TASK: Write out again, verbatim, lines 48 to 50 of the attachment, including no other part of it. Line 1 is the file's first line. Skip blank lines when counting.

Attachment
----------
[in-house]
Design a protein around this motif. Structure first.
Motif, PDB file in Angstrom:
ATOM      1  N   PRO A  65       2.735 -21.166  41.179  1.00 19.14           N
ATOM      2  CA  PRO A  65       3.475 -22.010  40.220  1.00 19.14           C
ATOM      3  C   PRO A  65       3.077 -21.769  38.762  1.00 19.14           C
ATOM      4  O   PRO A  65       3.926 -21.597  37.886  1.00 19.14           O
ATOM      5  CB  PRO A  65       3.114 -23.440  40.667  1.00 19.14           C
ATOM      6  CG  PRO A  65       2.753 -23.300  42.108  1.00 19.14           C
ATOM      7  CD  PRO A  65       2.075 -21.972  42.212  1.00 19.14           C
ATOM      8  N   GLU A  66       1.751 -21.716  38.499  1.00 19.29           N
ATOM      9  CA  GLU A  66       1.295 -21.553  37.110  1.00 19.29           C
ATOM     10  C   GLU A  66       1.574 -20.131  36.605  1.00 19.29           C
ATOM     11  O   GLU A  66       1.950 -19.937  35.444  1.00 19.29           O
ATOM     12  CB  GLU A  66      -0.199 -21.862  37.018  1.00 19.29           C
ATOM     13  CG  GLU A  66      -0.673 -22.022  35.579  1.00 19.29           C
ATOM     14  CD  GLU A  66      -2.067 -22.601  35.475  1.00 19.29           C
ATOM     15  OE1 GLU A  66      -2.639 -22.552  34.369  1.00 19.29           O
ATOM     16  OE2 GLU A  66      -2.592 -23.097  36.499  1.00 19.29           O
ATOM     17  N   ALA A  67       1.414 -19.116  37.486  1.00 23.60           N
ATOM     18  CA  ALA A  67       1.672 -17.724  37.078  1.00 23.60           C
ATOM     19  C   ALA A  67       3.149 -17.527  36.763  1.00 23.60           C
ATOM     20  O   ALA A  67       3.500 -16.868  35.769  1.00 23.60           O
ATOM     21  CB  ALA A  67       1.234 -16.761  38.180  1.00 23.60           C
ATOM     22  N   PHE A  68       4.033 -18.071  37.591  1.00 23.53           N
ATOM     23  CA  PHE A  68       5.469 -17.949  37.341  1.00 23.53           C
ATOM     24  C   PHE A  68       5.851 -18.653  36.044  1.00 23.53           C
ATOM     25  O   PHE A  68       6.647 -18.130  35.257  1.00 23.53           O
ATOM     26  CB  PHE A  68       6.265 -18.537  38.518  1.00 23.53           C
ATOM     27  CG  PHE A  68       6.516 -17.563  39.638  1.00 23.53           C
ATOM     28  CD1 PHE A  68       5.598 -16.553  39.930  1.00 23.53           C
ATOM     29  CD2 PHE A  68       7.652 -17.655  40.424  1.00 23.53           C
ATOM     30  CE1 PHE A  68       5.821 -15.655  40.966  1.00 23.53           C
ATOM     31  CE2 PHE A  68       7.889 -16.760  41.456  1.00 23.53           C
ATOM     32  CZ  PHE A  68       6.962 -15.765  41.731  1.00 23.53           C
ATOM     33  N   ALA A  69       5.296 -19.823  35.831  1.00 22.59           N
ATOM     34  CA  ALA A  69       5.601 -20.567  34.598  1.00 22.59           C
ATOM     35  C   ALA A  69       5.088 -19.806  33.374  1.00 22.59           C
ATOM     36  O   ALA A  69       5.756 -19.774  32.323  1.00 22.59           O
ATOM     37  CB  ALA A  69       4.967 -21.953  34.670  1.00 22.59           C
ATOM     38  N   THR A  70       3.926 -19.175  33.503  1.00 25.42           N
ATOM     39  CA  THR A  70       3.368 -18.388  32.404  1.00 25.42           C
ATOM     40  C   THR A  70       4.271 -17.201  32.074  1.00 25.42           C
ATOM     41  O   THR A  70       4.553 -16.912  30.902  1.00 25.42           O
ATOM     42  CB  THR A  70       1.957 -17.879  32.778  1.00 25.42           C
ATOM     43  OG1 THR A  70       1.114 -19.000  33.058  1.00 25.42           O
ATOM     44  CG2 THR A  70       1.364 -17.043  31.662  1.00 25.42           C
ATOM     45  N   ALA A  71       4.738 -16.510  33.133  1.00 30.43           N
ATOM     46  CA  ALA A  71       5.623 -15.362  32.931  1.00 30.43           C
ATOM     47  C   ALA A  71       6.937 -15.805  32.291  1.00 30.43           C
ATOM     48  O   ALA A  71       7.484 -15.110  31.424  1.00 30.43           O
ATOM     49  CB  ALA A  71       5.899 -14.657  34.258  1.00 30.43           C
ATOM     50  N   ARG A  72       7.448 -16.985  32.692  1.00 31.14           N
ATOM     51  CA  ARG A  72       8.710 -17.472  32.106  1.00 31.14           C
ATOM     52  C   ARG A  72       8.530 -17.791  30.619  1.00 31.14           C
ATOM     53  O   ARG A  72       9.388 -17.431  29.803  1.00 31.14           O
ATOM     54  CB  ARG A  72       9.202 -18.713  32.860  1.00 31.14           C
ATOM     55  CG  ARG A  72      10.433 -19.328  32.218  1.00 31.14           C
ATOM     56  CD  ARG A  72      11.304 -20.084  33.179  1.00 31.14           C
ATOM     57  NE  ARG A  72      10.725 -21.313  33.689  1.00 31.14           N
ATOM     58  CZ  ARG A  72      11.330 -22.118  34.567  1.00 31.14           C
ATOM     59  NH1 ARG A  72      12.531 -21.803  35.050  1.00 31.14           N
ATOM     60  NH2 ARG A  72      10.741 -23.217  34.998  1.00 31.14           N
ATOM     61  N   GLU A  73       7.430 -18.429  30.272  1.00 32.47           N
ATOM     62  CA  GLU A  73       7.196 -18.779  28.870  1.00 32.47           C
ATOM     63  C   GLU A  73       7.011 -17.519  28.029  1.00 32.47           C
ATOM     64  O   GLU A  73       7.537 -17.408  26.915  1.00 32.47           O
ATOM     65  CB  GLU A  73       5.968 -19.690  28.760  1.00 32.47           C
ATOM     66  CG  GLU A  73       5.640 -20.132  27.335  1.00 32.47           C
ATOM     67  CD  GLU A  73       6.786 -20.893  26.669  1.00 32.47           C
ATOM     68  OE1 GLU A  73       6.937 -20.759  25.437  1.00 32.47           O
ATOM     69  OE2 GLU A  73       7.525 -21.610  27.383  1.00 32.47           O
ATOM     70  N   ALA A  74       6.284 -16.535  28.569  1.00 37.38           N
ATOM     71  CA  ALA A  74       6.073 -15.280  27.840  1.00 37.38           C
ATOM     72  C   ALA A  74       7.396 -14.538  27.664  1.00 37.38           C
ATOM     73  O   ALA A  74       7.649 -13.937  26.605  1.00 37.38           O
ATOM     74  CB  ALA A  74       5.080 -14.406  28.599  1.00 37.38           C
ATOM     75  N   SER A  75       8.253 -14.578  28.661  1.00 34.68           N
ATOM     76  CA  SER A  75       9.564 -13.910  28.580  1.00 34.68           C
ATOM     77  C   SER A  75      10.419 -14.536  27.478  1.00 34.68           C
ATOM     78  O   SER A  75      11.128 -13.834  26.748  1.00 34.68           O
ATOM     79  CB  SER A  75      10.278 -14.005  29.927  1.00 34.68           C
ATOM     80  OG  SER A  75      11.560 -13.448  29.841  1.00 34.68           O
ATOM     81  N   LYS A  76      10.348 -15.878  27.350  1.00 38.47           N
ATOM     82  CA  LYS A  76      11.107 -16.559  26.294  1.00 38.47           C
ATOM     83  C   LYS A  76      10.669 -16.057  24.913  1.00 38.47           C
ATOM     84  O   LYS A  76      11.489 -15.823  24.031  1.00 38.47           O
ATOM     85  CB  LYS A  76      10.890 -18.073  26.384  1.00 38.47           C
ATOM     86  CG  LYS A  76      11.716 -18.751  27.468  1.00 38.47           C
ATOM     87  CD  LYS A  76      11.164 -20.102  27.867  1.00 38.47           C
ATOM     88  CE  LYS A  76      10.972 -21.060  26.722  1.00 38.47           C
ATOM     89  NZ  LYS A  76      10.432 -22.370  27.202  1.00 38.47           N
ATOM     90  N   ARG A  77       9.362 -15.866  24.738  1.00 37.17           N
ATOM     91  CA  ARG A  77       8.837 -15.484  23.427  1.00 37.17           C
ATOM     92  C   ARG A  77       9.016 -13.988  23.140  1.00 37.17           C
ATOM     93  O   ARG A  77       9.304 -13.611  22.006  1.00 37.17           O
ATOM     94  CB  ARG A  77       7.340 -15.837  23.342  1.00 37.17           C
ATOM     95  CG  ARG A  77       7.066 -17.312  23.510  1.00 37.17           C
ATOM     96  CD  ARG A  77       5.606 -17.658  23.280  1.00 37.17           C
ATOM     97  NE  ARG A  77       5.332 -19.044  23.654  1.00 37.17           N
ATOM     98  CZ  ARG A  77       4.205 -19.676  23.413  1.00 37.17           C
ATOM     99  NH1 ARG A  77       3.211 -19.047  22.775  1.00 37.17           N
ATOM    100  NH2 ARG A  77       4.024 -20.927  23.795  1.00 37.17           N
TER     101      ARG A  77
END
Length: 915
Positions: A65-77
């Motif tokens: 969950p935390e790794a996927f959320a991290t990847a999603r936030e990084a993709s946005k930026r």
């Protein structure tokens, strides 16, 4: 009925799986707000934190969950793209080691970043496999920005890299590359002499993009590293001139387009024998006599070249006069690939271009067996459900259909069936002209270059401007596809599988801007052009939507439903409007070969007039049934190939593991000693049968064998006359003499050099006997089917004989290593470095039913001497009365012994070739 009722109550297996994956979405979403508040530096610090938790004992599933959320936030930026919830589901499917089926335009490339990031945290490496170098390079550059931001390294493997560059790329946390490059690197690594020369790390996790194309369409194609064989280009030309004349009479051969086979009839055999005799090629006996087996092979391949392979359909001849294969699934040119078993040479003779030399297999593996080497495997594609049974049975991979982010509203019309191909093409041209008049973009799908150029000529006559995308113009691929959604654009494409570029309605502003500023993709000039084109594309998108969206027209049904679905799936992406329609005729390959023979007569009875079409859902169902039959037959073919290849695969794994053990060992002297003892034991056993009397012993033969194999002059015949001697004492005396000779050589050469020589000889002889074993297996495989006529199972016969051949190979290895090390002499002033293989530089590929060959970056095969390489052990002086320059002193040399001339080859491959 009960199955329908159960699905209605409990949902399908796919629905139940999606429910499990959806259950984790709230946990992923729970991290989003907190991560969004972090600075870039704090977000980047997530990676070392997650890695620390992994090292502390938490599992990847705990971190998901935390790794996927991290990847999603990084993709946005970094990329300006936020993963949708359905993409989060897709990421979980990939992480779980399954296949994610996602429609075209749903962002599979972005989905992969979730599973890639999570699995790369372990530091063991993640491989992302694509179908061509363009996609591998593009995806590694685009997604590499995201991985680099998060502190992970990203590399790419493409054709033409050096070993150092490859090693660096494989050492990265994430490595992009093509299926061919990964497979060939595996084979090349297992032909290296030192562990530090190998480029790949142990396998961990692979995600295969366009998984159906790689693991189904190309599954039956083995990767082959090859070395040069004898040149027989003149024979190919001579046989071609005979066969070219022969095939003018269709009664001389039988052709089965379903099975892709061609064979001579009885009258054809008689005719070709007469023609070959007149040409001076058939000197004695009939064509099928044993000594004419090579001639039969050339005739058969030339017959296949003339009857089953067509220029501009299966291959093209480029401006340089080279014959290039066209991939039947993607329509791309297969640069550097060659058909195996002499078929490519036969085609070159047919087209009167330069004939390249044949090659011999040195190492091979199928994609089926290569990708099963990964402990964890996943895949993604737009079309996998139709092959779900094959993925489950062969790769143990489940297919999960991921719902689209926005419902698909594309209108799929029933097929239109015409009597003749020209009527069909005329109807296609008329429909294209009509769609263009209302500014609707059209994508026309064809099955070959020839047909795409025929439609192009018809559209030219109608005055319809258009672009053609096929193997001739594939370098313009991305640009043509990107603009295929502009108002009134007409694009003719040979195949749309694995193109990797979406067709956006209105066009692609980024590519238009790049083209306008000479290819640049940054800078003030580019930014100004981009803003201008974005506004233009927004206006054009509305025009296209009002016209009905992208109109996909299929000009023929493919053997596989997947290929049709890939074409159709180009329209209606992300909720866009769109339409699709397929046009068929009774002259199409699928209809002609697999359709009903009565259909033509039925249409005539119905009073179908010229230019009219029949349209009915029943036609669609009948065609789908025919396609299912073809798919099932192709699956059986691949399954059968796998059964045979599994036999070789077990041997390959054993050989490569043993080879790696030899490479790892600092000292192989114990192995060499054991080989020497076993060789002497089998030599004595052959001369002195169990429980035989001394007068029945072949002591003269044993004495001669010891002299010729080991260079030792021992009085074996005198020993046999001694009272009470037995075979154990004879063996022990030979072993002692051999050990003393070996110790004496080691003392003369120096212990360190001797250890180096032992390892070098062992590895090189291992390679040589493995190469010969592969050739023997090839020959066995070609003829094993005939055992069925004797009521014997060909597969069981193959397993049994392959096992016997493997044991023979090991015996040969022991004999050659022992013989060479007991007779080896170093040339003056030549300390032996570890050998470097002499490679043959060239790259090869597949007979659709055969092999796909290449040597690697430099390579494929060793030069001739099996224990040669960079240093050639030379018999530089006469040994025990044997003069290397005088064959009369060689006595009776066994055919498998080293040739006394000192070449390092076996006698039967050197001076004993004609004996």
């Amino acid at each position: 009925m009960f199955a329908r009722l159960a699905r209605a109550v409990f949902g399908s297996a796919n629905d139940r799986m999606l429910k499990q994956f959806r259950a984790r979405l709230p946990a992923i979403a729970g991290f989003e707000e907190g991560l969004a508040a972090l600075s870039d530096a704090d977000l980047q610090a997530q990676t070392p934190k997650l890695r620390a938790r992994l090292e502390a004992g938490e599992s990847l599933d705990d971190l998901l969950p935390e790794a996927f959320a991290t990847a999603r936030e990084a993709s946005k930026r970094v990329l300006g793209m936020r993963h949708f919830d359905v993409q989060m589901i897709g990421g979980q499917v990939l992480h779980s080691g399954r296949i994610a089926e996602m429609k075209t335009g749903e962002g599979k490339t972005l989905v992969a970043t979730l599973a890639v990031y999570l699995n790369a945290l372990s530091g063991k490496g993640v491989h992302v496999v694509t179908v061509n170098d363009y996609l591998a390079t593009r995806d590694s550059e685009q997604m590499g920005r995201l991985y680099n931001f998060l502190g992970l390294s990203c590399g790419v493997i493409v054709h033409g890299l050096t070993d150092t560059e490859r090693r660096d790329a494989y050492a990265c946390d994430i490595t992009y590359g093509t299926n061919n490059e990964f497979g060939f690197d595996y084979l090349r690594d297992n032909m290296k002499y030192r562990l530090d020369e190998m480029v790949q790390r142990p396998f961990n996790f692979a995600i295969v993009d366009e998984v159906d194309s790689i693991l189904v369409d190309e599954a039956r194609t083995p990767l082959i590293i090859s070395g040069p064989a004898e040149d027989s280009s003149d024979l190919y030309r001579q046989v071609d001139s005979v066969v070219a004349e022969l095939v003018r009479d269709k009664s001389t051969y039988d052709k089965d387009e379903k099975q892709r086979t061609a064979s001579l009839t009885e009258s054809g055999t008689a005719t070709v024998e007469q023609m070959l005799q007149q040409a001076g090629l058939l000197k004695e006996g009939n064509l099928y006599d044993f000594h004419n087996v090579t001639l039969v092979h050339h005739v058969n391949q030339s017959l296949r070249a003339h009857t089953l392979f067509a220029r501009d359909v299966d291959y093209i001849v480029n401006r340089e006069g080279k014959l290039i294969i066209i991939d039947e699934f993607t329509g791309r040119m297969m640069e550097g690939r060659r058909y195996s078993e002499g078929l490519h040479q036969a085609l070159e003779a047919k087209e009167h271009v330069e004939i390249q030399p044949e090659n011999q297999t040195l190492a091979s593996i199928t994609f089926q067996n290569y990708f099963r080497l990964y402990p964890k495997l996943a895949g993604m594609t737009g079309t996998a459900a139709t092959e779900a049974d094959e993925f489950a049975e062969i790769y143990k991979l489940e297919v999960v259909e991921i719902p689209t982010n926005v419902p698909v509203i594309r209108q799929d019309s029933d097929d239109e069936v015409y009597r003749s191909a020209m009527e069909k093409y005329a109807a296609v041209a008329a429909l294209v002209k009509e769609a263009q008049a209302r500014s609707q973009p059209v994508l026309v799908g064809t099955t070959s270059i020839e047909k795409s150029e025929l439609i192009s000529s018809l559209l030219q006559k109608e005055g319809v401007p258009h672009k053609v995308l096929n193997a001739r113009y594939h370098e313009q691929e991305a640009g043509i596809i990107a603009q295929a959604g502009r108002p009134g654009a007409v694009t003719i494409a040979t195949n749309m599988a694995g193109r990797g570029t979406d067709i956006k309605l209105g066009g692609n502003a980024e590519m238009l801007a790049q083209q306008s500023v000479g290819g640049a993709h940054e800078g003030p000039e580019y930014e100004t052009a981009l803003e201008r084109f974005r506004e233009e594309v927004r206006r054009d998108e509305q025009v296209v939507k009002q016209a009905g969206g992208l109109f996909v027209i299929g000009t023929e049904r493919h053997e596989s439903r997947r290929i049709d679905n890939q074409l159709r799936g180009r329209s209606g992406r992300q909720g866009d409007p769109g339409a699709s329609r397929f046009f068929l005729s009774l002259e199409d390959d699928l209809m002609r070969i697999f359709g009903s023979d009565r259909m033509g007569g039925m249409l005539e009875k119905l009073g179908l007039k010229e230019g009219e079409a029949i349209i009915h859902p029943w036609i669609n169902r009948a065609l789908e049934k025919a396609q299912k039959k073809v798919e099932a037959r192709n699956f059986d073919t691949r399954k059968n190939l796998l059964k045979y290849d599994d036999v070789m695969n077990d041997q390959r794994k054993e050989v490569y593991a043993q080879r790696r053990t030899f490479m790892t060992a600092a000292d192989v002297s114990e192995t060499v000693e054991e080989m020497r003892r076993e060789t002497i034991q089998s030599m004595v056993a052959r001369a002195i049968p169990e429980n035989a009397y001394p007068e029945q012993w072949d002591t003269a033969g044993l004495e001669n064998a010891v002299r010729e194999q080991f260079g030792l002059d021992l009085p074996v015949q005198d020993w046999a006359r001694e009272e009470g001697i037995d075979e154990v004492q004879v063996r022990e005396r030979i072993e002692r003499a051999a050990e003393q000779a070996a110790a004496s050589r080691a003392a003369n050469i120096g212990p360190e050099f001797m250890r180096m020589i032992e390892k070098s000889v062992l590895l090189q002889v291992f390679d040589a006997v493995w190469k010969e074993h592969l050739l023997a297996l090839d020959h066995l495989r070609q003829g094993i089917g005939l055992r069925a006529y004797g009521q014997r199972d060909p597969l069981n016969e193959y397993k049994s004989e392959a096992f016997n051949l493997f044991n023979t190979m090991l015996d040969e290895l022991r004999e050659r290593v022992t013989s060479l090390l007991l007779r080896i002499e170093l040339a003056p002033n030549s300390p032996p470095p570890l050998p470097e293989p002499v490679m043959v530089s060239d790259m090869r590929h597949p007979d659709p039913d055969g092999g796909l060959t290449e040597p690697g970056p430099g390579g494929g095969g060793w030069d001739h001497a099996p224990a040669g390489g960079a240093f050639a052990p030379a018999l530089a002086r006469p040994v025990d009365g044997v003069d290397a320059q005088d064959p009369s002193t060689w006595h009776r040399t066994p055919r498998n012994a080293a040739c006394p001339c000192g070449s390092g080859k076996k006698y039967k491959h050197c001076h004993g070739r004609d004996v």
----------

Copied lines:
ATOM     45  N   ALA A  71       4.738 -16.510  33.133  1.00 30.43           N
ATOM     46  CA  ALA A  71       5.623 -15.362  32.931  1.00 30.43           C
ATOM     47  C   ALA A  71       6.937 -15.805  32.291  1.00 30.43           C